The simple to sew and awesome to wear Lane Raglan

4. How would one get into learning how to draft patterns?

I bought some pattern drafting books and some textbooks (the ones by Aldrich are decent and available on Amazon) and read them cover to cover several times.  I also spent hours on the internet researching before I even began.  I wasn’t actively working toward being a pattern designer at the time, but now I see that all of that research and trial and error made it much easier to naturally morph into this line of work.  Pattern drafting was always fascinating to me, so even if I wasn’t sewing anything at the time, I’d get on the computer and think, hm, I wonder how you would even make a collar like that!  Then I’d look it up and I’d compare it with my drafting books to figure it out.

Eventually, the math and physics behind drafting starts to make sense and you can predict what needs to be done to draft a garment or solve a fit issue.  I recommend something very simple to start with, like making your own perfect tee shirt pattern.  There are virtual classes for drafting on websites like Craftsy that you can take, and several local quilt shops also offer classes in beginning drafting.

SBCollage1.jpgAdrianna in a Biscayne Blouse she made using Sprout.

5. There seems to be a saturation of sewing bloggers (and really talented ones), pattern makers, fabric sellers, etc. How would someone enter the “sewing world” and differentiate? What is the sewing community lacking that it doesn’t have now?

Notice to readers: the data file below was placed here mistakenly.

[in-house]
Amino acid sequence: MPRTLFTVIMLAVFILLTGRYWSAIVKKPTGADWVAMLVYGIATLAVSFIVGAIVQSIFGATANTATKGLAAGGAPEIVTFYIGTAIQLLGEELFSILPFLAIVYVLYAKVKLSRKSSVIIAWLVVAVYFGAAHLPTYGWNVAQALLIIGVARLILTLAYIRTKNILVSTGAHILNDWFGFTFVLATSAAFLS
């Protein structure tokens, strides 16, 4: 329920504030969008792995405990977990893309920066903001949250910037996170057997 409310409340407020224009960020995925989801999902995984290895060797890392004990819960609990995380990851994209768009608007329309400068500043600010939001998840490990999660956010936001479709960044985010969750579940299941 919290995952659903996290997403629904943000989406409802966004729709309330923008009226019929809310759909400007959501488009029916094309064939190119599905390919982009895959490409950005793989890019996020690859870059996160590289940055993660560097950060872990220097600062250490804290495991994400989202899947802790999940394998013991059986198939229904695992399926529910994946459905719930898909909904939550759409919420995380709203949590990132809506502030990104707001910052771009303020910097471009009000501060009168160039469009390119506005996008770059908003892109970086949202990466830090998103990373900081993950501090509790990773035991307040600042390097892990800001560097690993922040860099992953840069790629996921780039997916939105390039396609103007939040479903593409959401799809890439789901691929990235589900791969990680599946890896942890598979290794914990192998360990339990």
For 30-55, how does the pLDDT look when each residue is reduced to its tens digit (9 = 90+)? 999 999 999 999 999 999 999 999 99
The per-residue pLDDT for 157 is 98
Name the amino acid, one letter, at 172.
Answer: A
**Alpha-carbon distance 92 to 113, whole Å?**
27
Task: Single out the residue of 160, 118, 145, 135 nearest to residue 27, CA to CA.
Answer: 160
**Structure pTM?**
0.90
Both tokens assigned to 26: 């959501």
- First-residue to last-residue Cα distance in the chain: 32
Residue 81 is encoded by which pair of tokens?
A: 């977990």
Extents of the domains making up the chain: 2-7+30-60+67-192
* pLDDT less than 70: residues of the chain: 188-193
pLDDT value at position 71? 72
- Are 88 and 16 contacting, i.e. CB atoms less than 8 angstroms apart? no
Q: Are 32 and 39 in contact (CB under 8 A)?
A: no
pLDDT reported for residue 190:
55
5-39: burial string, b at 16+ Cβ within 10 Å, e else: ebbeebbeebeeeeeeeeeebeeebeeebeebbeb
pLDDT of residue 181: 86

Oooh that’s a good and very tough question. I don’t know if I can speak very much to the differentiation bit – I think you just need to let your true self shine through in your blog posts/designs. People (me included) really like transparency and feeling like they’re seeing the real person behind the brand. In terms of just getting started, I would do all the obvious things – join individual pattern designers’ groups and make their stuff and post like crazy in the group. Post finished projects from patterns on your blog and then blow up social media with links. Start doing hacks or tutorials for altering the patterns and then you can eventually approach bigger bloggers or designers to do guest posts or be a part of blog tours. In terms of what the sewing community is lacking…geez. that’s tough. If you find it, you’ll probably have success!

Allie is doing something amazing with IndieSew and providing a one stop shop for really quality indie sewing patterns for women. Before she did that, there were other reseller sites, but nothing quite the same. If there’s something in particular that really interests you, delve deep into that niche. A few that come to mind from the past that started out as fun ideas and turned into big events or even their own websites are Kids Clothes Week, Sew Geeky, Spring Top Week, Sew the Show, and Film Petit.